Cancer drugs in development
Cells use a tiny machine called the mitotic spindle to share genetic material equally between cells when they divide. But when this process goes wrong it can lead to cancer.
For many years we’ve been interested in how the spindle divides up genetic material accurately. When a cell divides it must make sure that each daughter cell receives just one copy of each chromosome, which carries DNA to the new cell. Defects in this process can lead to cells having the wrong amount of chromosomes, which can lead to cancer or birth defects.
Anti-cancer drugs have been developed which target the mitotic spindle and destroy dividing cells in tumours. But these drugs have significant side effects. In my lab, we’re trying to understand how the mitotic spindles work in order to develop drugs that are more targeted and have fewer side effects.
Colleagues and I at Warwick Medical School have shown in The Journal of Cell Biology that a team of three proteins – called the TACC3–ch-TOG–clathrin complex – work to hold the spindle’s microtubules together and stabilise the bundle through a system of “bridges”.
Drugs such as Taxol (Paclitaxel) have been used very effectively in chemotherapy because they poison microtubles and inhibit the mitotic spindle. This stops cancer cells from dividing and causes them to die.
However, the disadvantage is that microtubules are needed for many functions in non-cancerous cells. This means that existing treatments don’t discriminate between cancerous and normal cells. So the use of Taxol and others in its family, for example, cause side effects such as nerve damage.
If we could target the mitotic spindle proteins, rather than microtubules, we may be able to develop effective anti-cancer drugs with far fewer side effects.
We’ve found that in cancer cells, the amount of the protein complex is either too low or too high. This suggests that these proteins could be targeted for potential anti-cancer therapies in the future.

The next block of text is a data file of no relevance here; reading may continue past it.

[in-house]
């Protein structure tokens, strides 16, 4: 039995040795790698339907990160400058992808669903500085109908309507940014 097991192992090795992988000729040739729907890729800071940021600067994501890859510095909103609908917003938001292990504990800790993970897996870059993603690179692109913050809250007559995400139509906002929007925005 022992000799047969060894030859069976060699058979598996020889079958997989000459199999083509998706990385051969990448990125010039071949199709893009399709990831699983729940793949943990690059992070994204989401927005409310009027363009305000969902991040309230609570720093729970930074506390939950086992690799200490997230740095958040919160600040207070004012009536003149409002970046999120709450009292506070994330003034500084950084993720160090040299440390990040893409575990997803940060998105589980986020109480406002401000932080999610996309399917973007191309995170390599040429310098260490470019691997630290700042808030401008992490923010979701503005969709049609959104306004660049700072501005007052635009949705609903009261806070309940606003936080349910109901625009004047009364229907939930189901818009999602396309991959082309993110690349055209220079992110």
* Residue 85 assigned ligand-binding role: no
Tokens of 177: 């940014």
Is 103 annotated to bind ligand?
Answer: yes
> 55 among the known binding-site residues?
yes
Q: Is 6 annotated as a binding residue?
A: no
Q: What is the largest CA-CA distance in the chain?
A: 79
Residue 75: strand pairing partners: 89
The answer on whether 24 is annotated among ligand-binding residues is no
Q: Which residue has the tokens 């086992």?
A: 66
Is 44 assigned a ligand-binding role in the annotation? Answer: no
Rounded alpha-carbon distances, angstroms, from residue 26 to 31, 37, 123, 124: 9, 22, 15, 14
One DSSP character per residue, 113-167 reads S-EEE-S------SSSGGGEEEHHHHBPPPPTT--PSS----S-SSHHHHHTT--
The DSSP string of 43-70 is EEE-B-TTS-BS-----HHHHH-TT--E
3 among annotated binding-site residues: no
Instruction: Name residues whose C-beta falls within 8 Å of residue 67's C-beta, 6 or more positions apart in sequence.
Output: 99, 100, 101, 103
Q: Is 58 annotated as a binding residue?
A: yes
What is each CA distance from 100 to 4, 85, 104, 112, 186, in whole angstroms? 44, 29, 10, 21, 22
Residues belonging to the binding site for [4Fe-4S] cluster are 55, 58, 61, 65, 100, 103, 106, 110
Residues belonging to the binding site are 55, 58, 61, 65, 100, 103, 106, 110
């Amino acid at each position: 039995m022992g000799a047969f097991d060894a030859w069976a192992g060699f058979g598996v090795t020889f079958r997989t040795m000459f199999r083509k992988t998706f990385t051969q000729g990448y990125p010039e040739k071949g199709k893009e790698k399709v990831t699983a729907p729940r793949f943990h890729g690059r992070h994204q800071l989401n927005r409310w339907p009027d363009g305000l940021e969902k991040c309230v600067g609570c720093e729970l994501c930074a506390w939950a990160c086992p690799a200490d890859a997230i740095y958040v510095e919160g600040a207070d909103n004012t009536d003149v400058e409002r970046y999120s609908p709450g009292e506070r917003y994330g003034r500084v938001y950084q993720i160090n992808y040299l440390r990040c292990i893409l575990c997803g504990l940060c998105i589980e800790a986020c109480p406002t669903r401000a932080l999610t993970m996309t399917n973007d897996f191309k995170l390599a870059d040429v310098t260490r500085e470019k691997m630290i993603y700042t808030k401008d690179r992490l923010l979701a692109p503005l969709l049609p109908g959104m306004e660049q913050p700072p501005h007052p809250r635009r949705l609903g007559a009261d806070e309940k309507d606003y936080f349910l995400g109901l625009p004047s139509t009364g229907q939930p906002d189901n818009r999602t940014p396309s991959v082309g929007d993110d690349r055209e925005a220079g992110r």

Our research group, together with Richard Bayliss‘ lab at the University of Leicester, have recently described how the proteins in the TACC3–ch-TOG–clathrin complex bind to one another. In turn this led us to understand how the complex binds to microtubules. By taking out the TACC3 protein, the clathrin loses its function and is no longer able to create some of the bridges that bind the microtubles.
It’s important as we can use this information to think of ways to break the complex apart or to prevent it binding microtubules. From this, we may be able to disrupt the function of the protein complex in dividing cells and inhibit the sharing of chromosomes during mitosis, causing the death of cancerous cells.
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Think Critically when you read studies like that.
are they choosing a specific gender or age or race on the study of coffee/caffeine to cancer development?
was their sampling biased?
more often than not, people lie with statistics more than you know.
it is no secret that many of the drugs legal and illegal have been used for medical uses.
Cocaine is sometimes used as an analgesic in eye surgery for numbing and was used for toothaches, etc..
many opiates used for cough suppressants and pain relief
as for caffeine and cancer. well caffeine is an upper
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Genomics in Cancer Drug Discovery and Development, Volume 96 (Advances in Cancer Research)
Book (Academic Press)
The Role of Microtubules in Cell Biology, Neurobiology, and Oncology (Cancer Drug Discovery and Development)
Book (Humana Press)